And the situation has only grown more dire.
But I’ll tell you, there’s a convention every year of volunteers for Moms Demand Action, and my daughter and I were just down there, and there were 2,000 volunteers—and those are 2,000 leaders of organizations across the United States. Moms Demand Action is the fastest-growing grassroots movement in the U.S. because there are so many people, primarily women, who are willing to talk to legislators and fight for gun reform.
Let’s discuss the film. After the Wedding gender-flipped two of the roles from Susanne Bier’s original. What do you think that lent the project?
It heightened the stakes. In the original film, there’s some information that people don’t know about—so there’s a revelation in that film. In this movie, people have made choices that have been really, really deliberate and thus have a lot of consequences, so it implicates the characters in a deeper way and heightens the stakes considerably. My husband didn’t want to do a straight adaptation of the film, and didn’t want to diminish Susanne’s accomplishment, so as he was working on it, he realized that this gender-flip allowed for a different interpretation, and a way to explore these dynamic lives of two really different female characters whose ideologies are so far apart. I loved how they’re so extremely judgmental of the choices the other has made, and as the movie progresses, you realize they become peers due to the circumstances they’re in.
You and Michelle Williams bring such different energies to your characters. How did you manage that sharp contrast in performance?
We didn’t talk about it. The disparity in the characters is evident in the script, and you don’t know what the energy’s going to be until you’re on the set. The great thing about having a scene partner as formidable as Michelle is you know she’s gonna bring it, so that’s exciting. And it’s also unusual to have two female characters who have an equal amount of weight in a story who are in a struggle for dominance. You never see that. If women are in some kind of power struggle it’s usually about a man, and their struggle here is about their own personal power with each other. Also, the boss I play who’s built an empire, sometimes the female boss is depicted as a non-well-rounded character—she’s paper thin, has never had a family, and it’s all “poor lady!” But here, we were able to play two women who were very self-built, had strong senses of identity, and are in an interesting clash of wills.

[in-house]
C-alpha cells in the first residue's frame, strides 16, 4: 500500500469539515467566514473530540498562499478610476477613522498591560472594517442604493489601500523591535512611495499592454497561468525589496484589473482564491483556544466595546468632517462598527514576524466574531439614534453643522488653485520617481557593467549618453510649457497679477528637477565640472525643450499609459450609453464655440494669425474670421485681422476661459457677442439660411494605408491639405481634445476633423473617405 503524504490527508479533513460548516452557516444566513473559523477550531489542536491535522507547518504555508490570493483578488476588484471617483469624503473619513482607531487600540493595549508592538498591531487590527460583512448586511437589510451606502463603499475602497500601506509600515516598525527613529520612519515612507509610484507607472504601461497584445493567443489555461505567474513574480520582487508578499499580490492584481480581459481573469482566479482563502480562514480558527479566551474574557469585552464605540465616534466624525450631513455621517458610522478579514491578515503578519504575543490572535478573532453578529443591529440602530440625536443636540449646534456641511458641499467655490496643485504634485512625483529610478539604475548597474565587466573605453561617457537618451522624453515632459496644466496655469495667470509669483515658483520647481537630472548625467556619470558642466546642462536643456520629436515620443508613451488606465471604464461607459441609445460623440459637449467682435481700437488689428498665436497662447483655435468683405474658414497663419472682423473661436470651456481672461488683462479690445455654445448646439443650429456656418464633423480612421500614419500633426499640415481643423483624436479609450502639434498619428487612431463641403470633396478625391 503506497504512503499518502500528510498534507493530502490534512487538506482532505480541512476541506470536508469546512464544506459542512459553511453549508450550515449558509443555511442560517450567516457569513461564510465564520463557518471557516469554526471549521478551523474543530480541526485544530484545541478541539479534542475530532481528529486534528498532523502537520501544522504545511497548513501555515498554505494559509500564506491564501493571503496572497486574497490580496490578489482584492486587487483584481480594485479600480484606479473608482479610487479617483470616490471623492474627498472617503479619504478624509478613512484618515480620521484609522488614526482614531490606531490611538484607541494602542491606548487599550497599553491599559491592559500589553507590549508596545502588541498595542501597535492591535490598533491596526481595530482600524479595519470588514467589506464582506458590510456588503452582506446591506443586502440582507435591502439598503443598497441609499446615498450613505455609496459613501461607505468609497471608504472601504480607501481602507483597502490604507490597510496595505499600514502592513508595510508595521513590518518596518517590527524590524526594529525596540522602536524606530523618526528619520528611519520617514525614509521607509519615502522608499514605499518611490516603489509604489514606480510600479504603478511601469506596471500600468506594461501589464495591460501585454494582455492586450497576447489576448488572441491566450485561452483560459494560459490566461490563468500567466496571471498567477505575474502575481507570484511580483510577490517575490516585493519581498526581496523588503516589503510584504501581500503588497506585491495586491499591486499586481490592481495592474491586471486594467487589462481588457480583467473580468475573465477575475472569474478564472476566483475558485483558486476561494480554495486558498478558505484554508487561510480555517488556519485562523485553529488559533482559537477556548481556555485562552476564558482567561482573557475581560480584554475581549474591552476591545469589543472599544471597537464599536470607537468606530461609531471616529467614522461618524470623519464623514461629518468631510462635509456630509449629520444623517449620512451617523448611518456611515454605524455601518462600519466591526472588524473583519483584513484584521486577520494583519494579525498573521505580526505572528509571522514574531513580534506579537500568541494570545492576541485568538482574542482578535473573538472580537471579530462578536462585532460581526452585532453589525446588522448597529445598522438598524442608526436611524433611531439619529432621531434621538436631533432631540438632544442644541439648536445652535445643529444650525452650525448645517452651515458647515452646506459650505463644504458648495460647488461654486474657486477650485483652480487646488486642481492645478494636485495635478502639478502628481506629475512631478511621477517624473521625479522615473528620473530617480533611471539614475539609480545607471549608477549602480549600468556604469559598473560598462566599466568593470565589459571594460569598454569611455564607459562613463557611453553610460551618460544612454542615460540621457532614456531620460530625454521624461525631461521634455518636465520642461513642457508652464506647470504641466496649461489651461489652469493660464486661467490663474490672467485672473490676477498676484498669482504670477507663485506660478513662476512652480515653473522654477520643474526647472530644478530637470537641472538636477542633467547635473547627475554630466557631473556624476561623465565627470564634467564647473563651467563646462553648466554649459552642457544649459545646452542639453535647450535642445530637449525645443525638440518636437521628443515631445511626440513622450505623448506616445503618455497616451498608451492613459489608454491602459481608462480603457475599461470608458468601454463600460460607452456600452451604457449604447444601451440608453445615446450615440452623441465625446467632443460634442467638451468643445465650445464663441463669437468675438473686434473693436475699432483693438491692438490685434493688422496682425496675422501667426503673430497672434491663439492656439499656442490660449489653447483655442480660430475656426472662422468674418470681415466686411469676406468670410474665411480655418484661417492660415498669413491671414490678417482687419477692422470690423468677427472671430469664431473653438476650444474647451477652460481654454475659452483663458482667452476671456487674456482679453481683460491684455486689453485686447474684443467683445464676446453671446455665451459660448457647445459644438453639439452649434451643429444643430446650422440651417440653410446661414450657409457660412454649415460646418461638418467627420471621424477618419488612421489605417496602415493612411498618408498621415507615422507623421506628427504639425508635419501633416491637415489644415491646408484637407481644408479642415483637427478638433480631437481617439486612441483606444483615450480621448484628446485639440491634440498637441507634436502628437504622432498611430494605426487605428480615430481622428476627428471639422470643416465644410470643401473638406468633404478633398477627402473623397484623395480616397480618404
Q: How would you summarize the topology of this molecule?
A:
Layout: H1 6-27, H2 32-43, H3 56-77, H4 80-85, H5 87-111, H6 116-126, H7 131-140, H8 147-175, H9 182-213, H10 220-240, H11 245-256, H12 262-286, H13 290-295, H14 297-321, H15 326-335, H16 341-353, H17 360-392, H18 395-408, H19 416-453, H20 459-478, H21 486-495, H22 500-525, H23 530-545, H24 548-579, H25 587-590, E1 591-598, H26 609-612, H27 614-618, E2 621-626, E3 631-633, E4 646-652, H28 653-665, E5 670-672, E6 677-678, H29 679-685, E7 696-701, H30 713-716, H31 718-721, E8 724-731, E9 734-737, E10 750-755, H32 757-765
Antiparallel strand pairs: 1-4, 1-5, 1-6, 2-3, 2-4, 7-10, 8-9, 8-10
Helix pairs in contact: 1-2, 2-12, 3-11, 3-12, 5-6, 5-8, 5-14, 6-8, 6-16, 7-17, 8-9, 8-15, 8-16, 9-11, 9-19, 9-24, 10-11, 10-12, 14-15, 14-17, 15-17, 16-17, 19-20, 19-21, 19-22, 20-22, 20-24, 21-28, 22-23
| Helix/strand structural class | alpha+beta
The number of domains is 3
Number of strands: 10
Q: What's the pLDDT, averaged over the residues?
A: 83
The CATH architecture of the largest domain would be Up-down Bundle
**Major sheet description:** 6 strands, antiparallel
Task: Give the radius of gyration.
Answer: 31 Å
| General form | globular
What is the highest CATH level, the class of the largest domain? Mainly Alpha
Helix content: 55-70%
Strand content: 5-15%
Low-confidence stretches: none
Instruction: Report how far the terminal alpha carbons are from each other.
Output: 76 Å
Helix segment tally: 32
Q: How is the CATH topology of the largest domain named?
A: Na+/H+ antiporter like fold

This film certainly passes the Bechdel test with flying colors but there does seem to be a frustrating dearth of films that do these days.
This is the first one I’ve done—well, and The Kids Are All Right. That’s another one. But there aren’t a lot, and you realize too that the last female road movie was what, Thelma & Louise? One of the things that’s happening right now with all these possibilities opening up as far as delivery systems for films—streaming, etc.—there’s a need for content everywhere, and these types of stories are developing. Plus, you have people like Reese Witherspoon producing, Laura Dern producing, this is the first film that I’ve produced, so you have women in the industry saying, well, I’ll find the material and develop it myself.
And yet the onus shouldn’t be entirely on women to produce projects like this with deep female characters. There are very powerful men in the industry that frankly should be doing more. An example would be Leonardo DiCaprio, who’s never worked with a female director.
I think everybody has to make a decision for themselves about the kind of life they want to have, career they want to have, and decisions that they make. You have to make the right choices for you and you can’t make those choices for anybody else.
Well, you’ve made some excellent choices. And 20 years ago—1999—was a big year for you. You had a bunch of movies come out that year including The End of the Affair, which earned you your first Best Actress Oscar nomination, and Magnolia, which has become something of a cult classic.
It’s funny, because someone mentioned that to me the other day and I was like, I don’t remember that! I don’t remember having five movies out in 1999! I don’t think I felt a shift in my career at that point; I think I felt a shift in my career in the early ‘90s, when I had Short Cuts, Safe, and Vanya on 42nd Street come out. Suddenly I went from having nobody know me at all to being a “film actress.” That was a big shift. And then my first Academy Award nomination for Boogie Nights, that was another big shift I felt. When that happened, I thought, did this actually happen?! That was weird! And after that happened, somebody told me, now you’ve crossed over into this other category. It was just nuts.
And you were in Boogie Nights, The Big Lebowski and Magnolia in consecutive years. I mean, that is quite a run and those films have held up remarkably well.
I’ve been really fortunate with the filmmakers I’ve met and had an opportunity to work with. To have worked with Paul [Thomas Anderson] a couple of times, Robert Altman a couple of times, my husband four times, Todd Haynes four times—it’s always great to get repeat business! And to have worked on such magnificent films… I do not take it for granted!